It was right near the radio. After the war, with the help of the Quakers' organization, American Friends Service, Grace was able to get a scholarship to attend the University of Redlands to study sociology and education. She went on to teach in the Pasadena School District and receive two master's degrees. While in her early 20s, Grace would meet Yoshio "Yosh" Nakamura, now 88, who also shared her love of fine arts.

We were at the Union Church of Los Angeles. The young people decided they'd like to go to the beach after the service. So, they all got in the cars. This one woman didn't have a ride, and I happened to have -- as a veteran I was able to go to their war surplus stores and they had a Ford that had a Mercury engine that was for sale, said Yosh. I took her to the beach.

She was at the university, and I was about to go to USC. Yosh, a decorated war veteran of the famed all-Japanese 442nd Regimental Combat Team, also grew up in Southern California.

After the war, Yosh, who was first drawn to watercolors, was able to briefly hone his art skills in Florence, Italy. He went on to receive his bachelor's and master's degree in fine arts from the University of Southern California. Later, Yosh was one of the first faculty members to ink a contract with Rio Hondo Community College in Whittier, Calif. And then become the first chair of the fine arts department. The husband and wife will celebrate 64 years of marriage this year.

The three Nakamura children also inherited their parents' love of doing art. The youngest of the three children, 54-year-old Joel, is a professional artist. Luckily for Joel, his mother is also a natural public relations manager, as she promotes his work pro bono. Here my mom is calling the museum, and I'll tell her,'Please don't do that. But she does it anyway, said Joel, with a laugh, from his art studio in New Mexico.

I get the PR whether I want it or not. This is living testament that I'm talking to you.

Three of Joel's murals that depict the museum's collections were unveiled on Feb. "We really wanted to find just the right artist who could interpret the museum's fabulous collections in a way that would connect to kids, " said Lisa McGuire, the museum's exhibits graphic designer. Exhibits project manager Bryce Snellgrove and I had both worked with Santa Fe artist Joel Nakamura before, so we thought he'd be a perfect match for this vision.

As luck would have it, Joel was also excited to work with the museum again. It was apparent to Bryce and to me that with Joel's youthful enthusiasm and fascination with the collections, something wonderful was in store. And we were not disappointed. An award-winning illustrator, fine artist and third-degree Aikido black belt, Joel lives in Santa Fe, N.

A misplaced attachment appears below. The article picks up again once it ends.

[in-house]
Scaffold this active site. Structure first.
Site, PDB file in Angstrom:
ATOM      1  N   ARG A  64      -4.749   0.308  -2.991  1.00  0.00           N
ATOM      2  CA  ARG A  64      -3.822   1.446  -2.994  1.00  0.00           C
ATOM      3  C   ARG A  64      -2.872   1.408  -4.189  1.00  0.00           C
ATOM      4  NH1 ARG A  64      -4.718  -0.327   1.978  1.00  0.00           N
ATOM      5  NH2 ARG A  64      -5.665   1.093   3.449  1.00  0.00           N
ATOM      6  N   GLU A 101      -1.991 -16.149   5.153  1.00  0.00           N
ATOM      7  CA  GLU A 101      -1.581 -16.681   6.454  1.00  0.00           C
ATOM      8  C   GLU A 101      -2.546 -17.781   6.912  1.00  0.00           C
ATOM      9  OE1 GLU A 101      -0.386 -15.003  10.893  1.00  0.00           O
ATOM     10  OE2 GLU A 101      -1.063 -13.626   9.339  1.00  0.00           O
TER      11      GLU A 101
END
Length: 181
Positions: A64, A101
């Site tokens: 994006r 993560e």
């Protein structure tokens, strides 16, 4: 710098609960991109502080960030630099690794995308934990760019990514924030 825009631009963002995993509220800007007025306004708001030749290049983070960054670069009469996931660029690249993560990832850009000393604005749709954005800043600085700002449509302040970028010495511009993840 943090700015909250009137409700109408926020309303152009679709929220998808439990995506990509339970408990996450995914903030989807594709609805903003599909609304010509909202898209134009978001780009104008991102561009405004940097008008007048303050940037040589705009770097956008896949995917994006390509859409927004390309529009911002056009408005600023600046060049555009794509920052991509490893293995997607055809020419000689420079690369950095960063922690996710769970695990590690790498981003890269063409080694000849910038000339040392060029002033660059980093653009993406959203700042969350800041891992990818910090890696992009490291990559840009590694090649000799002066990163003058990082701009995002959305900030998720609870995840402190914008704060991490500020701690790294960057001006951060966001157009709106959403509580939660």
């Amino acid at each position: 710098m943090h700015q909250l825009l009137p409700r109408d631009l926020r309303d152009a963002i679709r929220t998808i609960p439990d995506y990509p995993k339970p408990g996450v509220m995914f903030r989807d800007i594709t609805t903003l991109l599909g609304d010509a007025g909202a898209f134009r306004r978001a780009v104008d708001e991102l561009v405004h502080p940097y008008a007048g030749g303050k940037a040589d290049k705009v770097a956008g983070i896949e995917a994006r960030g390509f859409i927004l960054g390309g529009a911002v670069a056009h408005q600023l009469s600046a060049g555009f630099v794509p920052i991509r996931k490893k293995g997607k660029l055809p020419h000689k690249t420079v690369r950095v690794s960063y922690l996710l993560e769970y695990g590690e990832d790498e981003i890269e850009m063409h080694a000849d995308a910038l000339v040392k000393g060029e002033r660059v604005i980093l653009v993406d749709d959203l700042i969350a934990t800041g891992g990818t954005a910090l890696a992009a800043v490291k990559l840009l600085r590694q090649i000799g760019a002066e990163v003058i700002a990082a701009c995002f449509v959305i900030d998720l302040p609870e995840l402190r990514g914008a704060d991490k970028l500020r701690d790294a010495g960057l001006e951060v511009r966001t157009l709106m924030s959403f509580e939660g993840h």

And has been an artist for more than 30 years. Earlier this month to promote Joel's murals at the Denver Museum of Nature and Science. She scolded their PR person. And they actually didn't know that there was artwork going to be in this new wing. They were actually grateful that they were informed about something that they should have known about, Joel said. To her, I'm still a 10-year-old.

The mother of three, however, is equally proud of all her children's careers and creative endeavors. Carrying on the resourceful art tradition that began with her mother, Grace would provide big sheets of X-ray paper that she acquired from her radiologist uncle for her children to do art projects on when they were growing up. The eldest Nakamura child, Linda, is now an immigration attorney who also does photography. The middle sibling, Daniel, is a teacher who is also a skilled origami artist. Together, the Nakamura family has had seven art shows.

They will showcase their works as a family at the 54th Hillcrest Festival of Fine Arts in La Habra Heights, Calif. From her family home where the Nakamura art is on permanent display, Grace laughs saying, "I'm not the typical Japanese mom, " but she adds, looking at her husband. I got a lot of shows for you.

"All of our kids are embarrassed, " Yosh said laughingly. She opens a lot of doors. But she's not a typical Asian woman.
RARE Antique Vintage Asian Japanese Abstract Oil Painting Yoshio Nakamura